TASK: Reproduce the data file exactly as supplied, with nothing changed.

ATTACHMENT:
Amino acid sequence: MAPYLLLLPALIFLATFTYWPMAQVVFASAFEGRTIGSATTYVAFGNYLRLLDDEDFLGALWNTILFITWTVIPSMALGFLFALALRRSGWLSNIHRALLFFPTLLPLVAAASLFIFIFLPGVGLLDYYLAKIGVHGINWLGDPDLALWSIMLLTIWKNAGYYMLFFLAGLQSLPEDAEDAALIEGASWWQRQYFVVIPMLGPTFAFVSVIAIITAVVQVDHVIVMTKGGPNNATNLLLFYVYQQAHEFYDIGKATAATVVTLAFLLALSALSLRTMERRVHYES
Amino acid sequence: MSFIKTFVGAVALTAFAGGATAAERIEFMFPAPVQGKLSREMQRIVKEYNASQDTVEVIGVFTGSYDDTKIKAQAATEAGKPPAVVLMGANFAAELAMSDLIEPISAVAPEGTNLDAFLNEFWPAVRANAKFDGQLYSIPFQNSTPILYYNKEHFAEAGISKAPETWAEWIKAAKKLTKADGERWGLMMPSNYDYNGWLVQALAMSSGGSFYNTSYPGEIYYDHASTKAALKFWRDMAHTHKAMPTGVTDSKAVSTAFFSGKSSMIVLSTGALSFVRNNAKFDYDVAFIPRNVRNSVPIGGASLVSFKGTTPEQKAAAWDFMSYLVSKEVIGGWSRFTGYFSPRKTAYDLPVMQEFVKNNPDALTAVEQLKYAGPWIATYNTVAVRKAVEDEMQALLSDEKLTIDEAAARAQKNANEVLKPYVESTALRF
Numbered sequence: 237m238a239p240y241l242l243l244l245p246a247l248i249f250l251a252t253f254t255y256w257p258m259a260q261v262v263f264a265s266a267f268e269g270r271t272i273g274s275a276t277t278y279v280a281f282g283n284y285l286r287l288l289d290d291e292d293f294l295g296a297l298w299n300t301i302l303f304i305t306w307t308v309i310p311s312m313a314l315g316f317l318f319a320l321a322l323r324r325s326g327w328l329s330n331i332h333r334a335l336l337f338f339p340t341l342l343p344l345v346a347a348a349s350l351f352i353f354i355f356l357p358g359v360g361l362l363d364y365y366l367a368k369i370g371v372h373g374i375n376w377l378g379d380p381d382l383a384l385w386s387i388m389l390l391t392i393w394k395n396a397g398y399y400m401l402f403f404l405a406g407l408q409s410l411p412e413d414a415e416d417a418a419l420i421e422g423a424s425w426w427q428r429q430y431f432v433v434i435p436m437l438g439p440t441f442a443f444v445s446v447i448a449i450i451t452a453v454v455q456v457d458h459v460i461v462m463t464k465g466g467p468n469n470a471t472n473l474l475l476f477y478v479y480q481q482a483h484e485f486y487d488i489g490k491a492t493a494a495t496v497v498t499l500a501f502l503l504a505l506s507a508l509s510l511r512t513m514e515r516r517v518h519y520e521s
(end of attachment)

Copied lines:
Amino acid sequence: MAPYLLLLPALIFLATFTYWPMAQVVFASAFEGRTIGSATTYVAFGNYLRLLDDEDFLGALWNTILFITWTVIPSMALGFLFALALRRSGWLSNIHRALLFFPTLLPLVAAASLFIFIFLPGVGLLDYYLAKIGVHGINWLGDPDLALWSIMLLTIWKNAGYYMLFFLAGLQSLPEDAEDAALIEGASWWQRQYFVVIPMLGPTFAFVSVIAIITAVVQVDHVIVMTKGGPNNATNLLLFYVYQQAHEFYDIGKATAATVVTLAFLLALSALSLRTMERRVHYES
Amino acid sequence: MSFIKTFVGAVALTAFAGGATAAERIEFMFPAPVQGKLSREMQRIVKEYNASQDTVEVIGVFTGSYDDTKIKAQAATEAGKPPAVVLMGANFAAELAMSDLIEPISAVAPEGTNLDAFLNEFWPAVRANAKFDGQLYSIPFQNSTPILYYNKEHFAEAGISKAPETWAEWIKAAKKLTKADGERWGLMMPSNYDYNGWLVQALAMSSGGSFYNTSYPGEIYYDHASTKAALKFWRDMAHTHKAMPTGVTDSKAVSTAFFSGKSSMIVLSTGALSFVRNNAKFDYDVAFIPRNVRNSVPIGGASLVSFKGTTPEQKAAAWDFMSYLVSKEVIGGWSRFTGYFSPRKTAYDLPVMQEFVKNNPDALTAVEQLKYAGPWIATYNTVAVRKAVEDEMQALLSDEKLTIDEAAARAQKNANEVLKPYVESTALRF
Numbered sequence: 237m238a239p240y241l242l243l244l245p246a247l248i249f250l251a252t253f254t255y256w257p258m259a260q261v262v263f264a265s266a267f268e269g270r271t272i273g274s275a276t277t278y279v280a281f282g283n284y285l286r287l288l289d290d291e292d293f294l295g296a297l298w299n300t301i302l303f304i305t306w307t308v309i310p311s312m313a314l315g316f317l318f319a320l321a322l323r324r325s326g327w328l329s330n331i332h333r334a335l336l337f338f339p340t341l342l343p344l345v346a347a348a349s350l351f352i353f354i355f356l357p358g359v360g361l362l363d364y365y366l367a368k369i370g371v372h373g374i375n376w377l378g379d380p381d382l383a384l385w386s387i388m389l390l391t392i393w394k395n396a397g398y399y400m401l402f403f404l405a406g407l408q409s410l411p412e413d414a415e416d417a418a419l420i421e422g423a424s425w426w427q428r429q430y431f432v433v434i435p436m437l438g439p440t441f442a443f444v445s446v447i448a449i450i451t452a453v454v455q456v457d458h459v460i461v462m463t464k465g466g467p468n469n470a471t472n473l474l475l476f477y478v479y480q481q482a483h484e485f486y487d488i489g490k491a492t493a494a495t496v497v498t499l500a501f502l503l504a505l506s507a508l509s510l511r512t513m514e515r516r517v518h519y520e521s